CD38 is a cellular protein found throughout the mammalian body. It is involved in calcium signaling and innate immunity. Its expression is augmented by the presence of multiple contractile agonists that occur in the development of asthma, and it is implied that CD38 expression is involved in the pathogenesis of asthma. However, CD38's role in human asthma has not been described. In my studies, I wanted to determine whether CD38 expression is involved in human asthma. To test this, I studied the effects of TNF-alpha-induced augmented CD38 expression in airway smooth muscle cells obtained from asthmatics compared to non-asthmatics. Also, I tested the intracellular calcium response to contractile agonists in cells from asthmatics and non-asthmatics following exposure to TNF-alpha.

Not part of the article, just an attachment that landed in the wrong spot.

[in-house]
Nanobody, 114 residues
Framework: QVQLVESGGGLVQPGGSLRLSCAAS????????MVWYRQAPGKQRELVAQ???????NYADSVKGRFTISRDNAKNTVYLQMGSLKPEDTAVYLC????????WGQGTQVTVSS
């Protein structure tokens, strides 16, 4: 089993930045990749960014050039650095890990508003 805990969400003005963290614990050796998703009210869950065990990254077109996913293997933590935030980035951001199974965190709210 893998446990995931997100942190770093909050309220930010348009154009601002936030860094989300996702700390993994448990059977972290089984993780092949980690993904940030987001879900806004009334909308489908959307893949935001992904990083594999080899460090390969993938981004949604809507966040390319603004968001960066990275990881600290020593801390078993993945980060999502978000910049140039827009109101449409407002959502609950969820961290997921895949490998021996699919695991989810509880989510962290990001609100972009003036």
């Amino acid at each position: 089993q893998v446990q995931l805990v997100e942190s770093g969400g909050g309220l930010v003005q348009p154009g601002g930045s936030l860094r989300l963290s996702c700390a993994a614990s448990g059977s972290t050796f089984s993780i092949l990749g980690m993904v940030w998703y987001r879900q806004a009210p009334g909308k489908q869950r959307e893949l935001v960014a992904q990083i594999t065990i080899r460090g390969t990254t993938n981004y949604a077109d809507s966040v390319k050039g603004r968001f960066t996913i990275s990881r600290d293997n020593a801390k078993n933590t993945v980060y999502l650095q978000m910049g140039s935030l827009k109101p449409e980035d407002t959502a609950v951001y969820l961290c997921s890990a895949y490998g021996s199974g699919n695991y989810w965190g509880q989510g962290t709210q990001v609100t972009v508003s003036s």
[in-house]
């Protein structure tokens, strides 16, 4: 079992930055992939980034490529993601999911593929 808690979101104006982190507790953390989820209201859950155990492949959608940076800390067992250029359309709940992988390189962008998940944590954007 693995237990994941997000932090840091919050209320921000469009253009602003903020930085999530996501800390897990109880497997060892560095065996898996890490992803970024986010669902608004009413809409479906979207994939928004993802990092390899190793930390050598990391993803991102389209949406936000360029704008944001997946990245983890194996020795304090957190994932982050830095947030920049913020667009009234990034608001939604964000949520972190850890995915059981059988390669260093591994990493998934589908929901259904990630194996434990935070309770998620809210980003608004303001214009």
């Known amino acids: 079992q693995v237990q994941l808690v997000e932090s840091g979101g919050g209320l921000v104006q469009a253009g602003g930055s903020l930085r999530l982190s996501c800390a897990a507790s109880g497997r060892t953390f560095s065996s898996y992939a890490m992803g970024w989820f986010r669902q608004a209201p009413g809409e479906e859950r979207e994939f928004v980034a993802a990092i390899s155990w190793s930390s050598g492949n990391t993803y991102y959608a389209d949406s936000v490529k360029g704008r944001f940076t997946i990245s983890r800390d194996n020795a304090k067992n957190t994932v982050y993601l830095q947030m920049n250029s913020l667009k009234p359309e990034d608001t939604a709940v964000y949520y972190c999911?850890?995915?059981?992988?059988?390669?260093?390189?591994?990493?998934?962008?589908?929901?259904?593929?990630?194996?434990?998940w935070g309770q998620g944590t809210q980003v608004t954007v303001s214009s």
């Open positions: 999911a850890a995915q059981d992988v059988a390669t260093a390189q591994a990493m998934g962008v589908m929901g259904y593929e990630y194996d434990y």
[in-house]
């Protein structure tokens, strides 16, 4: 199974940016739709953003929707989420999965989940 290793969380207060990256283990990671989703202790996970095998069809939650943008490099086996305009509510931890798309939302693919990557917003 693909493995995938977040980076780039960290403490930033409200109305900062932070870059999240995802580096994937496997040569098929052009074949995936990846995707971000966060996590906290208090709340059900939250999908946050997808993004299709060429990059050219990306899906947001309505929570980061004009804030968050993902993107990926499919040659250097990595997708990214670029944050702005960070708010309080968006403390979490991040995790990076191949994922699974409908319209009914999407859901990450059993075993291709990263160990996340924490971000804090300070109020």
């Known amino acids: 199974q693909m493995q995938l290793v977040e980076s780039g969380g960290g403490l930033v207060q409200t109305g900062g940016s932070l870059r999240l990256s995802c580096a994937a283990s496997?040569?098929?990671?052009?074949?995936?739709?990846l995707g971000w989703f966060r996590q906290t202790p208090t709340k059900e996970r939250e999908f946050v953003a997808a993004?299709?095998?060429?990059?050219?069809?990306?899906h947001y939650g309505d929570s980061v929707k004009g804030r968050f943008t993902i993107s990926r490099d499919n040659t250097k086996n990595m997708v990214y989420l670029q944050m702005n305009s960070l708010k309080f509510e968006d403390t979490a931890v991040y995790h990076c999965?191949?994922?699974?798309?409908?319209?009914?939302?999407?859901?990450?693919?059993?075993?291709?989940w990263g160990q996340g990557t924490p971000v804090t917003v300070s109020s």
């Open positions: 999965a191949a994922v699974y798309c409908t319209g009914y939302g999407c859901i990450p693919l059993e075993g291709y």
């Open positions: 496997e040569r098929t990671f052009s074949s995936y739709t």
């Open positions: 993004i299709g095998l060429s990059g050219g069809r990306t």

Additional contributors: J.A. Jude; T.F. Walseth; Mathur S. Kannan (faculty mentor).
This research was supported by the Undergraduate Research Opportunities Program (UROP). Additional support came from the National Institutes of Health Grant HL-057498 (to M.S.Kannan & T.F.Walseth), ana Grant-in-Aid from the University of Minnesota Graduate School (to M.S.Kannan)
Smelter, Dan F..
Role of CD38/cyclic-ADP-ribose in Human Asthma.
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